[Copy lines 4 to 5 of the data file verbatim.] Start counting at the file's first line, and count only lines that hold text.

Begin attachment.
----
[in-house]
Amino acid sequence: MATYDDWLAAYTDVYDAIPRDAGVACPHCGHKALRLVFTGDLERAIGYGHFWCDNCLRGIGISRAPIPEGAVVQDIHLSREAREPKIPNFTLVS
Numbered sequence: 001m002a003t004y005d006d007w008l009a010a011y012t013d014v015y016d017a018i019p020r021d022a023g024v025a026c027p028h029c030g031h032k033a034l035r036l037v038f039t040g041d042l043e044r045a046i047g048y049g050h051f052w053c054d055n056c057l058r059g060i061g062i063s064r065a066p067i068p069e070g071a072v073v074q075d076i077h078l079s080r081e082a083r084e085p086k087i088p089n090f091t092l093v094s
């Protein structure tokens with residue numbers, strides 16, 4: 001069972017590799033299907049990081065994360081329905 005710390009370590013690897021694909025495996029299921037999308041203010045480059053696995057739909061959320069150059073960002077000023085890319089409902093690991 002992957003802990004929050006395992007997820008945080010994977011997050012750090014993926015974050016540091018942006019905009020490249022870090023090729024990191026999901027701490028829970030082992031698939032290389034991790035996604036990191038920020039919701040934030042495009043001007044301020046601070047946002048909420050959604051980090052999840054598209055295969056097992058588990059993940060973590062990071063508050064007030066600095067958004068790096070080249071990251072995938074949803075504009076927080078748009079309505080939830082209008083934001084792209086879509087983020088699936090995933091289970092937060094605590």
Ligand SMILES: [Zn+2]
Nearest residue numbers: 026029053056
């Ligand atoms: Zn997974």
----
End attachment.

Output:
């Protein structure tokens with residue numbers, strides 16, 4: 001069972017590799033299907049990081065994360081329905 005710390009370590013690897021694909025495996029299921037999308041203010045480059053696995057739909061959320069150059073960002077000023085890319089409902093690991 002992957003802990004929050006395992007997820008945080010994977011997050012750090014993926015974050016540091018942006019905009020490249022870090023090729024990191026999901027701490028829970030082992031698939032290389034991790035996604036990191038920020039919701040934030042495009043001007044301020046601070047946002048909420050959604051980090052999840054598209055295969056097992058588990059993940060973590062990071063508050064007030066600095067958004068790096070080249071990251072995938074949803075504009076927080078748009079309505080939830082209008083934001084792209086879509087983020088699936090995933091289970092937060094605590």
Ligand SMILES: [Zn+2]